Covid in Scotland: Nicola Sturgeon must consider earlier release from lockdown – Scotsman comment

At long, long last, we have a date: August 9. On that day, all being well, Scotland will finally emerge blinking into the light at the end of the tunnel of the Covid crisis.
Nicola Sturgeon aims to lift all major lockdown restrictions by August 9 (Picture: Andrew Milligan/PA)Nicola Sturgeon aims to lift all major lockdown restrictions by August 9 (Picture: Andrew Milligan/PA)
Nicola Sturgeon aims to lift all major lockdown restrictions by August 9 (Picture: Andrew Milligan/PA)

For some, the Scottish Government’s “aim” to lift all major restrictions by then is overly cautious, given the continued damage to the economy caused by lockdown.

But just having a date is a powerful fillip to the national mood. We are now most assuredly in the home straight; a little more effort and we will be there.

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According to the latest daily Covid update yesterday, there were 2,167 new cases of Covid in Scotland and four deaths of people who had tested positive for the virus. Some 3.6 million people had received their first dose of Covid vaccine, with 2.6 million having had both.

In a scientific achievement that will be celebrated for years to come, vaccines are breaking the link between infection and serious illness and will continue to do so as more people are inoculated, allowing our society to return to what Nicola Sturgeon described as a “very significant degree of normality”.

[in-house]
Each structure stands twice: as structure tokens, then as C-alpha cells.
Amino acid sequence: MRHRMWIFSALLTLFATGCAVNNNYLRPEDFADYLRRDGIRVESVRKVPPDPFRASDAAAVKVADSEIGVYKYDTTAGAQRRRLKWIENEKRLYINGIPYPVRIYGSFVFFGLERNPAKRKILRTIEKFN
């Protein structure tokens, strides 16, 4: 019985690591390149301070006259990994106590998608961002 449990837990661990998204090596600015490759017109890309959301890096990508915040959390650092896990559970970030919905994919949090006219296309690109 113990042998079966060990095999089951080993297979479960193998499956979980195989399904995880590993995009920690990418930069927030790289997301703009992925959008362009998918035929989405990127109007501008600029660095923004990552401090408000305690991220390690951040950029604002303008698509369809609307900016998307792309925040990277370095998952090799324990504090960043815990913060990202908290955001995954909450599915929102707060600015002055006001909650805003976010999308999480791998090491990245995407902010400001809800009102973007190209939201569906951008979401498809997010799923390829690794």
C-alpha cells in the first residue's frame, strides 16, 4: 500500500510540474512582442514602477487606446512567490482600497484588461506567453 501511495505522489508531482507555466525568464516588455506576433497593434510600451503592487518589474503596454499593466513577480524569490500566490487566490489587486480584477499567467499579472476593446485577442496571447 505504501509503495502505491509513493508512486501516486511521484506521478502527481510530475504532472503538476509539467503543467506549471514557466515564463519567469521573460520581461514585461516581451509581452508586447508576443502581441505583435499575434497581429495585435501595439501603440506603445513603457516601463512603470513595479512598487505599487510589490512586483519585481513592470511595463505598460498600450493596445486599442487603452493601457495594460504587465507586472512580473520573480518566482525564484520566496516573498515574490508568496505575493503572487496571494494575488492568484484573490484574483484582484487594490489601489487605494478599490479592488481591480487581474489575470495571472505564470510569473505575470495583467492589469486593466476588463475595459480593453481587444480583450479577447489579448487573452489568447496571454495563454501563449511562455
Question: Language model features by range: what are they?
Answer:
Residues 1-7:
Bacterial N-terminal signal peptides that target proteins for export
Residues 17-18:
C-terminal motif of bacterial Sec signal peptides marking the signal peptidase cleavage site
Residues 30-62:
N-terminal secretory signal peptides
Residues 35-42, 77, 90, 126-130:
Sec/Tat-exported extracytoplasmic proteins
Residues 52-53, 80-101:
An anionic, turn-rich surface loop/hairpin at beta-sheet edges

England should experience this three weeks earlier, with Boris Johnson, saying it is “looking good” for July 19 to be the “terminus point”.

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Under current plans, Scotland will move to “level zero” restrictions on that day but, despite the name, this still involves a list of restrictions, some of which sound hard to police. For example, up to eight people from four households can meet in a home and up to 15 people from 15 households can meet outdoors, but under-12s only count towards the former total, not the latter.

Perhaps more significantly, outdoor seated events, such as Premiership football matches, are “advised to operate with a maximum capacity of 2,000 people”, so during the first games of the coming season, clubs may find themselves thinking enviously of the 60,000 people allowed at the Euro 2020 final.

The country has endured the stress and grief of the Covid crisis far better than many predicted as it began, but most people are now yearning to be rid of the restrictions. So the Scottish Government should keep monitoring the situation and, using “data not dates”, deliver that wonderful day of freedom sooner than planned if at all possible.

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